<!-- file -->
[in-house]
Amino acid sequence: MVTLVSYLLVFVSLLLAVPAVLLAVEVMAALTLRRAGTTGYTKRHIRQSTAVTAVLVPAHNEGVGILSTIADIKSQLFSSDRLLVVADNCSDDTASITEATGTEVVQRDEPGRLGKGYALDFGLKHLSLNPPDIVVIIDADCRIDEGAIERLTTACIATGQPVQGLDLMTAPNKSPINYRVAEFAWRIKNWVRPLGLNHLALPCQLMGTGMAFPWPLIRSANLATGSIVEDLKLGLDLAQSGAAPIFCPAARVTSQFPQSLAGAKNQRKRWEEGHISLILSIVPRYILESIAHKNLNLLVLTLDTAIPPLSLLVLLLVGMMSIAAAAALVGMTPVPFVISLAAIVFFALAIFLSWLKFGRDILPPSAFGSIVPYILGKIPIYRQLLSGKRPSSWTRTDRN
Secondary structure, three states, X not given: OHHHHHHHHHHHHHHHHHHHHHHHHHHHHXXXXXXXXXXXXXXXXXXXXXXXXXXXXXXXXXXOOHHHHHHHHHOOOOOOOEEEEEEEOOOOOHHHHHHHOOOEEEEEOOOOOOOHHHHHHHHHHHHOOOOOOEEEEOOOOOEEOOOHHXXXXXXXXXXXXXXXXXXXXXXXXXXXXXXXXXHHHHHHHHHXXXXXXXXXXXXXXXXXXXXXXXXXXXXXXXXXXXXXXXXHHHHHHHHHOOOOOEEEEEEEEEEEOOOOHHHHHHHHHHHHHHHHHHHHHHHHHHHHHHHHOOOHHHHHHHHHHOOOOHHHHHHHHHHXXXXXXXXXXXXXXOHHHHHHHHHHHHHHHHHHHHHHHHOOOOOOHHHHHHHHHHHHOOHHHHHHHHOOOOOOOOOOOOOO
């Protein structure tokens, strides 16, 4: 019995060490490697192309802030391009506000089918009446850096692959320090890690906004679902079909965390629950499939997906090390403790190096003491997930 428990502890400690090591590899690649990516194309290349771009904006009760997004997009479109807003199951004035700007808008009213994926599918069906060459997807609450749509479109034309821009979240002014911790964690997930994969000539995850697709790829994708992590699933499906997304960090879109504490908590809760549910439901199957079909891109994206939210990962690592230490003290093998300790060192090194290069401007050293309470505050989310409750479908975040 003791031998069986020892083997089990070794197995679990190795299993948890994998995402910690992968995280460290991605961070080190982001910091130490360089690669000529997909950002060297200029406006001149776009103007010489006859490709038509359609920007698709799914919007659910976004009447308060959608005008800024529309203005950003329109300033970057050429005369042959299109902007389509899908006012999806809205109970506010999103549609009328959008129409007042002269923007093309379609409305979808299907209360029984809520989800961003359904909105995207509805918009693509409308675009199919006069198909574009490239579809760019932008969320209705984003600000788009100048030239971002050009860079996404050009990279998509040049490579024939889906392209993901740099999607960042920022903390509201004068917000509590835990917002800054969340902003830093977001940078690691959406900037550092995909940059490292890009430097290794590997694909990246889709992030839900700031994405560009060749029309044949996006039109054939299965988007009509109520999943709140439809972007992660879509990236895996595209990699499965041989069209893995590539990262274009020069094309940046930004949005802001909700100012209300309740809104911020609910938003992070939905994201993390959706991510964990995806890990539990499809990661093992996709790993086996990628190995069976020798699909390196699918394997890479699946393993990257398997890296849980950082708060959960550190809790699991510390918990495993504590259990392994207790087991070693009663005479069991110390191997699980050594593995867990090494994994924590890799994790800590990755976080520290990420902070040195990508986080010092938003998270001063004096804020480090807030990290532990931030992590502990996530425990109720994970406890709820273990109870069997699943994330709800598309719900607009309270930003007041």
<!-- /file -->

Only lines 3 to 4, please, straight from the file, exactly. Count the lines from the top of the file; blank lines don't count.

Secondary structure, three states, X not given: OHHHHHHHHHHHHHHHHHHHHHHHHHHHHXXXXXXXXXXXXXXXXXXXXXXXXXXXXXXXXXXOOHHHHHHHHHOOOOOOOEEEEEEEOOOOOHHHHHHHOOOEEEEEOOOOOOOHHHHHHHHHHHHOOOOOOEEEEOOOOOEEOOOHHXXXXXXXXXXXXXXXXXXXXXXXXXXXXXXXXXHHHHHHHHHXXXXXXXXXXXXXXXXXXXXXXXXXXXXXXXXXXXXXXXXHHHHHHHHHOOOOOEEEEEEEEEEEOOOOHHHHHHHHHHHHHHHHHHHHHHHHHHHHHHHHOOOHHHHHHHHHHOOOOHHHHHHHHHHXXXXXXXXXXXXXXOHHHHHHHHHHHHHHHHHHHHHHHHOOOOOOHHHHHHHHHHHHOOHHHHHHHHOOOOOOOOOOOOOO
């Protein structure tokens, strides 16, 4: 019995060490490697192309802030391009506000089918009446850096692959320090890690906004679902079909965390629950499939997906090390403790190096003491997930 428990502890400690090591590899690649990516194309290349771009904006009760997004997009479109807003199951004035700007808008009213994926599918069906060459997807609450749509479109034309821009979240002014911790964690997930994969000539995850697709790829994708992590699933499906997304960090879109504490908590809760549910439901199957079909891109994206939210990962690592230490003290093998300790060192090194290069401007050293309470505050989310409750479908975040 003791031998069986020892083997089990070794197995679990190795299993948890994998995402910690992968995280460290991605961070080190982001910091130490360089690669000529997909950002060297200029406006001149776009103007010489006859490709038509359609920007698709799914919007659910976004009447308060959608005008800024529309203005950003329109300033970057050429005369042959299109902007389509899908006012999806809205109970506010999103549609009328959008129409007042002269923007093309379609409305979808299907209360029984809520989800961003359904909105995207509805918009693509409308675009199919006069198909574009490239579809760019932008969320209705984003600000788009100048030239971002050009860079996404050009990279998509040049490579024939889906392209993901740099999607960042920022903390509201004068917000509590835990917002800054969340902003830093977001940078690691959406900037550092995909940059490292890009430097290794590997694909990246889709992030839900700031994405560009060749029309044949996006039109054939299965988007009509109520999943709140439809972007992660879509990236895996595209990699499965041989069209893995590539990262274009020069094309940046930004949005802001909700100012209300309740809104911020609910938003992070939905994201993390959706991510964990995806890990539990499809990661093992996709790993086996990628190995069976020798699909390196699918394997890479699946393993990257398997890296849980950082708060959960550190809790699991510390918990495993504590259990392994207790087991070693009663005479069991110390191997699980050594593995867990090494994994924590890799994790800590990755976080520290990420902070040195990508986080010092938003998270001063004096804020480090807030990290532990931030992590502990996530425990109720994970406890709820273990109870069997699943994330709800598309719900607009309270930003007041």